Sobremesa Brulee Toro Cigar Review
According to industry studies premium shade grown cigars out sell all other premium cigars nearly 4:1. If you live on social media, this is something you wouldn’t be aware of as companies like RoMaCraft and Dunbarton Tobacco & Trust rule the bandwidth with their full bodied cigars. When Steve Saka announced the release of Sobremesa Brulee, a shade grown cigar I was surprised because it is not what his reputation was built on.
According to his press release, somewhere over the last three decades many of the classic shade cigars have become wispy, uninspiring and rather dull to his palate. So he set out to create a blonde cigar that was how he remembered them. In order to accomplish this he turned to his Sobremesa brand for inspiration and he removed the Pennsylvania Ligero from the filler while increasing the amount of Condega Seco in the fillers before surrounding it with a top-shelf grade Ecuador Connecticut wrapper.
Cigar Review: Sobremesa Brulee
Wrapper: Ecuador Connecticut
Binder: Matacapan Negro de Temporal
Filler: Nicaraguan Gk Condega C-SG Seco; Nicaraguan Pueblo Nuevo Criollo Viso; Nicaraguan La Joya Esteli C-98 Viso; Nicaraguan ASP Esteli Hybrid Ligero
Ring Gauge: 52
The Look: Packaged in wide 13 count boxes the packaging is the same as the original Sobremesa line with the only difference being the burnt in cliche of the sizes which feature the words Brulee. Inside the cigars feature the familiar band which looks like the top of a steam vent or Imperial Margarine and a foot band that denotes Sobremesa. The shade grown wrapper is nearly blonde with some subtle veins . In the hand the cigar is firm with a heft weight and a well packed foot.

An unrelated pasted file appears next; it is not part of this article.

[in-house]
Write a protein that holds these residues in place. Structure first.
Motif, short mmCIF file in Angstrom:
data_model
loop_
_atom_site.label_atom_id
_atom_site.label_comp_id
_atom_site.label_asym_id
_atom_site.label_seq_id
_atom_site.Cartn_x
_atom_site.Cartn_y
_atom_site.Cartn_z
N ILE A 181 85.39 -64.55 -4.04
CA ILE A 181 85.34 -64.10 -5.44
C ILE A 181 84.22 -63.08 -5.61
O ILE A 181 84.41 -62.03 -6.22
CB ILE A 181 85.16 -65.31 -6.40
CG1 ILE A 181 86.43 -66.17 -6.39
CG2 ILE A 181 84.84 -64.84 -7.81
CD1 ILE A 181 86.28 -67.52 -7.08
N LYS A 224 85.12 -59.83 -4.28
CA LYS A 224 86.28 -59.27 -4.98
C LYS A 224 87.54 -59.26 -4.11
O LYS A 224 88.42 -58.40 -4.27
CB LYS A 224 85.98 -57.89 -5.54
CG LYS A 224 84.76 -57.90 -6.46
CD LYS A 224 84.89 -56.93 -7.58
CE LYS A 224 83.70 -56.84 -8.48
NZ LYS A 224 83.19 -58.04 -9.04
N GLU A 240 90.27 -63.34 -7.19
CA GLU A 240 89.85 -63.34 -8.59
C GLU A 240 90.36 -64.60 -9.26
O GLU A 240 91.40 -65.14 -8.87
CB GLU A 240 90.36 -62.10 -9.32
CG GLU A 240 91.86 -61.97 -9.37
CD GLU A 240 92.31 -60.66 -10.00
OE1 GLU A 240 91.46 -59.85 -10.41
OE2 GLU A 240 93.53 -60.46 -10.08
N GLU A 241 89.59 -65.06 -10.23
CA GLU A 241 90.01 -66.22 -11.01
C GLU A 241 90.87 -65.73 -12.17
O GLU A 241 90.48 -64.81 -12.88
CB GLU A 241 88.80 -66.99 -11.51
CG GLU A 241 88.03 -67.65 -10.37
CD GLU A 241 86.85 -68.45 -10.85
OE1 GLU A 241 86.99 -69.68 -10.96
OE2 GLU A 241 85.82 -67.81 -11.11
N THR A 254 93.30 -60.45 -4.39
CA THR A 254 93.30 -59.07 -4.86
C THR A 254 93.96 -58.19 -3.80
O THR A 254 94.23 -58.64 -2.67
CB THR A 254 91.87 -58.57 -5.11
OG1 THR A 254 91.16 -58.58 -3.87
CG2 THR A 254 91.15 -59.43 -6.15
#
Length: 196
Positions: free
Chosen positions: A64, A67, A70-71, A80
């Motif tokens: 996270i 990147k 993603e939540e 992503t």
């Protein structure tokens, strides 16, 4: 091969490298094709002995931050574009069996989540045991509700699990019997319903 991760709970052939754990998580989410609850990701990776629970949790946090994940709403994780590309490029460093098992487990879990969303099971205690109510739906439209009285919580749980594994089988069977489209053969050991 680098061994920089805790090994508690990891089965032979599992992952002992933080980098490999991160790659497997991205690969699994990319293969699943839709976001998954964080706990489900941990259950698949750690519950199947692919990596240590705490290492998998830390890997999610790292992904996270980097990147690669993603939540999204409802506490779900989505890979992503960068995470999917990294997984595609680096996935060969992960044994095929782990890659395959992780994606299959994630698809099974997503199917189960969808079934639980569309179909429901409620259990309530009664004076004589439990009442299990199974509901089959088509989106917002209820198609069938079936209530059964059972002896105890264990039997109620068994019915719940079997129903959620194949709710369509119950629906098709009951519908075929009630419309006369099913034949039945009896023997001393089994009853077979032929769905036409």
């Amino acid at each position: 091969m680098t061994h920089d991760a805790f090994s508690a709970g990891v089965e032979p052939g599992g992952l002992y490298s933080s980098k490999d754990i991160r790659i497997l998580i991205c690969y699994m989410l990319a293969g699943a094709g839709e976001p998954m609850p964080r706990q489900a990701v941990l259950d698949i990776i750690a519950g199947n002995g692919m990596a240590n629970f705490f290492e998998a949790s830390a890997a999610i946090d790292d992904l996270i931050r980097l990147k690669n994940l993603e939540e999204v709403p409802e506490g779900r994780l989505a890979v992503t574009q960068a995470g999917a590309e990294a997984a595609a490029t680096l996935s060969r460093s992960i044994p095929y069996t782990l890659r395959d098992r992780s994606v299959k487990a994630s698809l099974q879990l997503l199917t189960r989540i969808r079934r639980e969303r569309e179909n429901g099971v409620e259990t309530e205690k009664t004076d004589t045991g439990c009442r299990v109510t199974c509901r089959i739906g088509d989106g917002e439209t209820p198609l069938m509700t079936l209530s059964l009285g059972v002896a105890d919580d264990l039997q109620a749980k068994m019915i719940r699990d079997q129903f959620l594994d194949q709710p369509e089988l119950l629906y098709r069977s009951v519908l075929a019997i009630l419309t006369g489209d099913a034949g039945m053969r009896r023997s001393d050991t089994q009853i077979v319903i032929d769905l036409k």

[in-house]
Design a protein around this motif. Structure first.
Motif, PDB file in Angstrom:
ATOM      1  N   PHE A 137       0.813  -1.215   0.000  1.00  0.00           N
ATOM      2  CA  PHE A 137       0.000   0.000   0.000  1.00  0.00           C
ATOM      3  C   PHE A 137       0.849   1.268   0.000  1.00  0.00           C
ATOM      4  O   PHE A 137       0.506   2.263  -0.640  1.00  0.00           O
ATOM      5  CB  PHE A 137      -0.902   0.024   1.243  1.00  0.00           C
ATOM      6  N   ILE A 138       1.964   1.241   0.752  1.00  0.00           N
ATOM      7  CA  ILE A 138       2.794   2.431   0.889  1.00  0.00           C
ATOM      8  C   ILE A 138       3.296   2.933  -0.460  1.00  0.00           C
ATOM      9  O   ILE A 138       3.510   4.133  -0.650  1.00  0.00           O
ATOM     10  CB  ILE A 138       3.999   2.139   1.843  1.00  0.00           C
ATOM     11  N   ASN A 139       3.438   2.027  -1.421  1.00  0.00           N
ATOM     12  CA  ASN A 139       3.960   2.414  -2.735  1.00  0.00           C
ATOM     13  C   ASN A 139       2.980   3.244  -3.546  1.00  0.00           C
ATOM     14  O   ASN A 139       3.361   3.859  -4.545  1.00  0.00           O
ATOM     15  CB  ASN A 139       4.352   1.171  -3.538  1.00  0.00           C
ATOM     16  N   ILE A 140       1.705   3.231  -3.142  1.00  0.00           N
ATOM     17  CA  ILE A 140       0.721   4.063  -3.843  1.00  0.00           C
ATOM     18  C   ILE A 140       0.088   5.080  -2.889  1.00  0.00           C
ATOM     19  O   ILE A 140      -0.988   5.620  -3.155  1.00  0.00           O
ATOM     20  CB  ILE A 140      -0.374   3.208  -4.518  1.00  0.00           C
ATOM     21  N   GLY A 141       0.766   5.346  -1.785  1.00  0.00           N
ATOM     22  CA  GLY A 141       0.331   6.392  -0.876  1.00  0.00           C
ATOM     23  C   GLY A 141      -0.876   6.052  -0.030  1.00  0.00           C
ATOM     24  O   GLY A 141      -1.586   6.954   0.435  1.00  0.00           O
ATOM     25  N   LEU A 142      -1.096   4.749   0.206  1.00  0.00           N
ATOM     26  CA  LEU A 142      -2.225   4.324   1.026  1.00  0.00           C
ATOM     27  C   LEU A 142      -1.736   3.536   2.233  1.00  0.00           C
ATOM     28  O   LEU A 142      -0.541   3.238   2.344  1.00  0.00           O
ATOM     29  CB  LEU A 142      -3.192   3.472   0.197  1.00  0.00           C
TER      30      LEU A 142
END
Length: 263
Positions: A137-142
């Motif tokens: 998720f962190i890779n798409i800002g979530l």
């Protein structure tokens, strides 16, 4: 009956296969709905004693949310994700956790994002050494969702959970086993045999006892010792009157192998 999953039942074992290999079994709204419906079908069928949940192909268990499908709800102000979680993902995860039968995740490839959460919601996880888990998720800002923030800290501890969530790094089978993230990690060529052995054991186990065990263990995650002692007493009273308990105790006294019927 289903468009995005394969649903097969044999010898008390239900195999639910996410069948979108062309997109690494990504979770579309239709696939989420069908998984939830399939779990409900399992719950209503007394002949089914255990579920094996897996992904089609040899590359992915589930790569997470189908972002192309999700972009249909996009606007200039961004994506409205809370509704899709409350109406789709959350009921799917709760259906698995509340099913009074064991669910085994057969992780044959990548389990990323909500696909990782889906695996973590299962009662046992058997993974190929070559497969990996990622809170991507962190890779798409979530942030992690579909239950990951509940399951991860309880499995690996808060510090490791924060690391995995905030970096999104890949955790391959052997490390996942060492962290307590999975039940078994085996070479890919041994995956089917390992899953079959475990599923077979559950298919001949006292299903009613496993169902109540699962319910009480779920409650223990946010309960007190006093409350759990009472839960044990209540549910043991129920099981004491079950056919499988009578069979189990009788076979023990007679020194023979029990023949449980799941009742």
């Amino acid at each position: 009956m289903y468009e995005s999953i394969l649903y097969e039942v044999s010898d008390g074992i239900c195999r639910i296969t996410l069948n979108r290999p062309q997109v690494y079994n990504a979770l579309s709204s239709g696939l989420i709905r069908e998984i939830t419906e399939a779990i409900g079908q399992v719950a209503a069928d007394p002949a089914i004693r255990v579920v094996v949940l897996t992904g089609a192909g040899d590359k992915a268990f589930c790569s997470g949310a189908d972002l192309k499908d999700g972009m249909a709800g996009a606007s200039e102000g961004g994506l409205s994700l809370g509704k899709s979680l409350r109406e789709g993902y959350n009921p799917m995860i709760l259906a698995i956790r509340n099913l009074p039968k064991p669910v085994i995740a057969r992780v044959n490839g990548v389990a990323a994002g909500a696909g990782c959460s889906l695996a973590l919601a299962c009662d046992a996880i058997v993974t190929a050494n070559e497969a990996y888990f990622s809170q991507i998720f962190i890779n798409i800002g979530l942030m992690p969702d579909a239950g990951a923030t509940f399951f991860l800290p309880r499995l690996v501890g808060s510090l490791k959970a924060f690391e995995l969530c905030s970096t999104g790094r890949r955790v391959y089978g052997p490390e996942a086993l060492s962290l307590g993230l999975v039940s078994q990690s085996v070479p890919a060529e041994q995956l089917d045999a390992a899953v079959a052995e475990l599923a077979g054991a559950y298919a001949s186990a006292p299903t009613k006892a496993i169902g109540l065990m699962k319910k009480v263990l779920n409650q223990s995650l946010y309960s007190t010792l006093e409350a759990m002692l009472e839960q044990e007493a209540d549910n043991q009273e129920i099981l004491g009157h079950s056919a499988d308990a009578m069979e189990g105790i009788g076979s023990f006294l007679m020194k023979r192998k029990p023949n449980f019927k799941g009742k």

The Notes: Once the cap is clipped there is a buttery richness to the cigar with hints of grass while the aroma from the foot of the cigar sees things reversed. After toasting the Brulee the initial notes are reminiscent of French toast.
As we slide into the first third of the Sobremesa Brulee the cigar remains buttery rich as it adds subtle notes of licorice and birch. The retrohale of the cigar is exceptionally smooth with nuances of French toast and a touch of pecans that linger on the moderate finish.
The second third sees the buttery notes begin to pull back considerably as notes of earth, pecans and dry toast battle for supremacy on the palate. Around the half way point of this smoke from Dunbarton Tobacco & Trust earth dominates the long finish of the Brulee. The retrohale sees an increase of pepper and earth with only a hint of nuttiness remaining.
As the cigar comes to a close there are still hints of butter and dry toast, but the primary focal point is earth. Of the few I have smoked, I have noticed smoking slower reduces the earthy components while holding on to the creaminess. The retrohale offers ups a touch of pepper and licorice with a long dry finish.
The Finish: Steve Saka made his name on strong cigars, so as alluded to earlier seeing him announce Brulee was interesting. It’s a cigar that is medium bodied at best, and it lacks the strength that has been associated with Steve Saka’s cigars. However, what the Sobremesa will do in my opinion is outsell the rest Steve Saka’s portfolio by a considerable margin. It’s a cigar that will speak to the masses. It’s flavorful, balanced and right in the wheel house of the majority of cigar consumers. In short, it doesn’t suck.
Price: $13.59 / $148.99